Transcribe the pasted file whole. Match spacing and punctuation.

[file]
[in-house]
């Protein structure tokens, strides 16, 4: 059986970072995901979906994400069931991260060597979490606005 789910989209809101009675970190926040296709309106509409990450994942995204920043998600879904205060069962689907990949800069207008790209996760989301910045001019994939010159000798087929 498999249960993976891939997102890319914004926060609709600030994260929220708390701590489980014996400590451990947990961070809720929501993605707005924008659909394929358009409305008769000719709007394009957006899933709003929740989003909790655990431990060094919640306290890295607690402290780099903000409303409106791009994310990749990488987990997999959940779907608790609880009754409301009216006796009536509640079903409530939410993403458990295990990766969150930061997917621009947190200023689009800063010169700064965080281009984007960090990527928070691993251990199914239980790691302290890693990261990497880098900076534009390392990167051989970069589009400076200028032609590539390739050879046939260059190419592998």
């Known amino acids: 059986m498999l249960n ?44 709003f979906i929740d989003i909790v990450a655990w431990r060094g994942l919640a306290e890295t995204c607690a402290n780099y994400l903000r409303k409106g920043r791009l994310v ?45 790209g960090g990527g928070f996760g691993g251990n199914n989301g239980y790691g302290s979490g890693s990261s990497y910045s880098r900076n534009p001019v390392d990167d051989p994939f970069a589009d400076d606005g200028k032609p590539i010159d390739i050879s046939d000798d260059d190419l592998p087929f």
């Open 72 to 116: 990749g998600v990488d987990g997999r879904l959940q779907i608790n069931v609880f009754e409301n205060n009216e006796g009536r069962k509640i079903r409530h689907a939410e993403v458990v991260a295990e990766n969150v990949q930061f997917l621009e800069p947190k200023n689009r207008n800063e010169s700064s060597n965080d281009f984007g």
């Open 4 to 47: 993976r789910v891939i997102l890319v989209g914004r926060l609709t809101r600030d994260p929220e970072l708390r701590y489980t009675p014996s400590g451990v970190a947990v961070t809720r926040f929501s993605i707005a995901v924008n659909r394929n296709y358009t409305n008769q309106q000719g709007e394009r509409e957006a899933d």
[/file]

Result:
[in-house]
């Protein structure tokens, strides 16, 4: 059986970072995901979906994400069931991260060597979490606005 789910989209809101009675970190926040296709309106509409990450994942995204920043998600879904205060069962689907990949800069207008790209996760989301910045001019994939010159000798087929 498999249960993976891939997102890319914004926060609709600030994260929220708390701590489980014996400590451990947990961070809720929501993605707005924008659909394929358009409305008769000719709007394009957006899933709003929740989003909790655990431990060094919640306290890295607690402290780099903000409303409106791009994310990749990488987990997999959940779907608790609880009754409301009216006796009536509640079903409530939410993403458990295990990766969150930061997917621009947190200023689009800063010169700064965080281009984007960090990527928070691993251990199914239980790691302290890693990261990497880098900076534009390392990167051989970069589009400076200028032609590539390739050879046939260059190419592998």
């Known amino acids: 059986m498999l249960n ?44 709003f979906i929740d989003i909790v990450a655990w431990r060094g994942l919640a306290e890295t995204c607690a402290n780099y994400l903000r409303k409106g920043r791009l994310v ?45 790209g960090g990527g928070f996760g691993g251990n199914n989301g239980y790691g302290s979490g890693s990261s990497y910045s880098r900076n534009p001019v390392d990167d051989p994939f970069a589009d400076d606005g200028k032609p590539i010159d390739i050879s046939d000798d260059d190419l592998p087929f």
């Open 72 to 116: 990749g998600v990488d987990g997999r879904l959940q779907i608790n069931v609880f009754e409301n205060n009216e006796g009536r069962k509640i079903r409530h689907a939410e993403v458990v991260a295990e990766n969150v990949q930061f997917l621009e800069p947190k200023n689009r207008n800063e010169s700064s060597n965080d281009f984007g």
């Open 4 to 47: 993976r789910v891939i997102l890319v989209g914004r926060l609709t809101r600030d994260p929220e970072l708390r701590y489980t009675p014996s400590g451990v970190a947990v961070t809720r926040f929501s993605i707005a995901v924008n659909r394929n296709y358009t409305n008769q309106q000719g709007e394009r509409e957006a899933d």